At a time when the nations are destroying tonnes of ivory and precious wildlife trophies to discourage poaching, Kerala State Board for Wildlife (KSBWL) is batting for monetizing antlers of deer. It has decided to approach the Centre seeking law amendment for making it possible.
 

The Board has decided to press for an amendment to the Wild Life Protection Act to facilitate use antlers of deer for medicinal purposes. Though the amendment is sought primarily to hand over the huge pile of antlers in possession of Kerala Forest Department to the state-run Ayurvedic drug manufacturer Oushadhi, the Greens fear that it would in effect give legitimacy to hunting. 
 

A recent meeting of the KSBWL, chaired by Chief Minister Pinarayi Vijayan, decided to approach the National Board for Wildlife and the Ministry of Environment and Forests with the proposal to amend the Wild Life Protection Act 1972.   

 

The Wildlife (Protection) Act clearly states: 

  •  Antlers come under the definition of wildlife trophy.  
  •  A wildlife trophy is the “whole or any part of any captive animal or wild animal”.
  • Keeping or acquiring of wildlife trophy is punishable. 
  • Custody and transfer to any person is also prohibited.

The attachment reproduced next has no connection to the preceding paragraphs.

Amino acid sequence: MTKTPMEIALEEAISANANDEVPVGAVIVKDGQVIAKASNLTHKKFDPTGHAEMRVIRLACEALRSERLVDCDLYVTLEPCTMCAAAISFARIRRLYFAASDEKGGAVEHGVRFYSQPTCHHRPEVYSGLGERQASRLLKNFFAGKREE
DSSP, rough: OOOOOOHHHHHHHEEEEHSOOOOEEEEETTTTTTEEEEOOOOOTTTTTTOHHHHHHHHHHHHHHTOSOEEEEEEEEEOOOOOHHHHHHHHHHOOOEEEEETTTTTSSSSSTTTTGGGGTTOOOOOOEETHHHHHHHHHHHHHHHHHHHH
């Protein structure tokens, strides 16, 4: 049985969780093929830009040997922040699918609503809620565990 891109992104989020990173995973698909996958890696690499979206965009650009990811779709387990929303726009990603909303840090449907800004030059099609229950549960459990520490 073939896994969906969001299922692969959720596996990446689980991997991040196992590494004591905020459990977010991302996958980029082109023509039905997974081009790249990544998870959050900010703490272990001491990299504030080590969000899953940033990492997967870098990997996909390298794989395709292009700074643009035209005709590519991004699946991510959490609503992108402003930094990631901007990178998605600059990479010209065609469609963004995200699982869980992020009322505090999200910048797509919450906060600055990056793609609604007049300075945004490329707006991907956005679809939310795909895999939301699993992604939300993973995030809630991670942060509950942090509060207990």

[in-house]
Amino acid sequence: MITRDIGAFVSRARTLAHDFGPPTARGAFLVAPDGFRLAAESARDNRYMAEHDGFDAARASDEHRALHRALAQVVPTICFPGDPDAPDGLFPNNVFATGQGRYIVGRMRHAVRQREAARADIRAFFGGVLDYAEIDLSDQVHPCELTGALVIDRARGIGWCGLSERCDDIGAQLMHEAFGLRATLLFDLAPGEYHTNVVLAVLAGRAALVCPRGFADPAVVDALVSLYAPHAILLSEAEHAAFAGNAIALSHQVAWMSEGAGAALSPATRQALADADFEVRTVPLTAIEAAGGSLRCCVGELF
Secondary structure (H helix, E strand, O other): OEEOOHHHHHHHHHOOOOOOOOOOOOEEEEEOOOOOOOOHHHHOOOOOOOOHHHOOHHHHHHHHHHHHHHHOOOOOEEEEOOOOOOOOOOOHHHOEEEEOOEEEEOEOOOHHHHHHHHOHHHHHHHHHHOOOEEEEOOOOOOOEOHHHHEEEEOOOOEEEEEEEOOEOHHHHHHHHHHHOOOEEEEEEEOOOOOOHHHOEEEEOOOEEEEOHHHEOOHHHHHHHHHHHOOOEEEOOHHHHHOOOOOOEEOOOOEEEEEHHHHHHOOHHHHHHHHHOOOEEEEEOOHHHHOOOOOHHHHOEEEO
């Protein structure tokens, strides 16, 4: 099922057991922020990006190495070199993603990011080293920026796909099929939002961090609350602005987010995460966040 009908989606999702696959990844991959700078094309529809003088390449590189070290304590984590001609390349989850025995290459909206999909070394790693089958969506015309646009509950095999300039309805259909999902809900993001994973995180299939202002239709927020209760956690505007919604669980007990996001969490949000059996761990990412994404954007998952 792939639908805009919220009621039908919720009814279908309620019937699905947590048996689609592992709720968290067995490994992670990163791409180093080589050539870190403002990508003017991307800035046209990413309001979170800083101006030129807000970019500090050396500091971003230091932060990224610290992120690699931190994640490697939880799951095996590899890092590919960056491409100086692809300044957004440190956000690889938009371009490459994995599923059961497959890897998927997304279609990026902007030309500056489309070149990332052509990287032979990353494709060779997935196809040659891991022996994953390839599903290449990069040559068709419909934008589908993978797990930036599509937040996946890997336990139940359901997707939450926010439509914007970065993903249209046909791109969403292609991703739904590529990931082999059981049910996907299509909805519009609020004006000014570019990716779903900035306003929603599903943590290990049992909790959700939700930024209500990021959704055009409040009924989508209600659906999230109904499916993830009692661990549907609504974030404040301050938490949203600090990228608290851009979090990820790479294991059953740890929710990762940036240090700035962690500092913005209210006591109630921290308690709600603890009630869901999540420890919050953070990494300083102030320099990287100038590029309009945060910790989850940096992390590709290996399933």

• Offenders can be imprisonment up to three years and fine up to ₹ 25,000

 

Poet and environmental activist Sugathakumari, who attended the meeting, told The Hindu that the Chief Minister favoured the amendment despite the objection raised by some members present.  

 

The greens point out that antlers are not used in traditional Ayurvedic medicines. Though it is widely rumoured as a wonder drug to improve sexual performance, there is no scientific backing to such claims. 

 

The KSBWL’s move to pave the way for using antlers in medicine has triggered speculation that the state-run Ayurvedic medicine manufacturer was planning to produce drugs to spice up sex.


 “Perhaps the cash-strapped government is hoping to find a substitute to Viagra from Antlers and to give a much needed boost to the sagging economy,” an environmentalist chuckled.